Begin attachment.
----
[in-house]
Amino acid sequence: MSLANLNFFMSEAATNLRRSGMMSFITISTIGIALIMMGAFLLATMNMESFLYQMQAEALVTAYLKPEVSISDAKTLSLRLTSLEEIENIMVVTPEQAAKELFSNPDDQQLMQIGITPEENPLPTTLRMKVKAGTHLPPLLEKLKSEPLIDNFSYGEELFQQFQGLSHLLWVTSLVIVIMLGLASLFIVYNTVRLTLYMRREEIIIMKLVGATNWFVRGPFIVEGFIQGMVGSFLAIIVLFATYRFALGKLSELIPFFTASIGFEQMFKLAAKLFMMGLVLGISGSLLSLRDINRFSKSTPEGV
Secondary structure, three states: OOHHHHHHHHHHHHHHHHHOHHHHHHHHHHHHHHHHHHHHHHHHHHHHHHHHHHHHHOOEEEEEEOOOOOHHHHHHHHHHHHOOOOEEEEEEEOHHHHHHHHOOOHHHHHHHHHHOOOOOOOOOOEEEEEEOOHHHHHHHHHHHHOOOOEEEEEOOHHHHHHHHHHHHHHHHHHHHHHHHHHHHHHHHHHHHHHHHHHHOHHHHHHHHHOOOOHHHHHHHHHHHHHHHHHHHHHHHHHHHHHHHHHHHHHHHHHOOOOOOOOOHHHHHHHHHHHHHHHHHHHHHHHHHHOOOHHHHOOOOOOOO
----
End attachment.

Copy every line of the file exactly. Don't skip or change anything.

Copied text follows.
[in-house]
Amino acid sequence: MSLANLNFFMSEAATNLRRSGMMSFITISTIGIALIMMGAFLLATMNMESFLYQMQAEALVTAYLKPEVSISDAKTLSLRLTSLEEIENIMVVTPEQAAKELFSNPDDQQLMQIGITPEENPLPTTLRMKVKAGTHLPPLLEKLKSEPLIDNFSYGEELFQQFQGLSHLLWVTSLVIVIMLGLASLFIVYNTVRLTLYMRREEIIIMKLVGATNWFVRGPFIVEGFIQGMVGSFLAIIVLFATYRFALGKLSELIPFFTASIGFEQMFKLAAKLFMMGLVLGISGSLLSLRDINRFSKSTPEGV
Secondary structure, three states: OOHHHHHHHHHHHHHHHHHOHHHHHHHHHHHHHHHHHHHHHHHHHHHHHHHHHHHHHOOEEEEEEOOOOOHHHHHHHHHHHHOOOOEEEEEEEOHHHHHHHHOOOHHHHHHHHHHOOOOOOOOOOEEEEEEOOHHHHHHHHHHHHOOOOEEEEEOOHHHHHHHHHHHHHHHHHHHHHHHHHHHHHHHHHHHHHHHHHHHOHHHHHHHHHOOOOHHHHHHHHHHHHHHHHHHHHHHHHHHHHHHHHHHHHHHHHHOOOOOOOOOHHHHHHHHHHHHHHHHHHHHHHHHHHOOOHHHHOOOOOOOO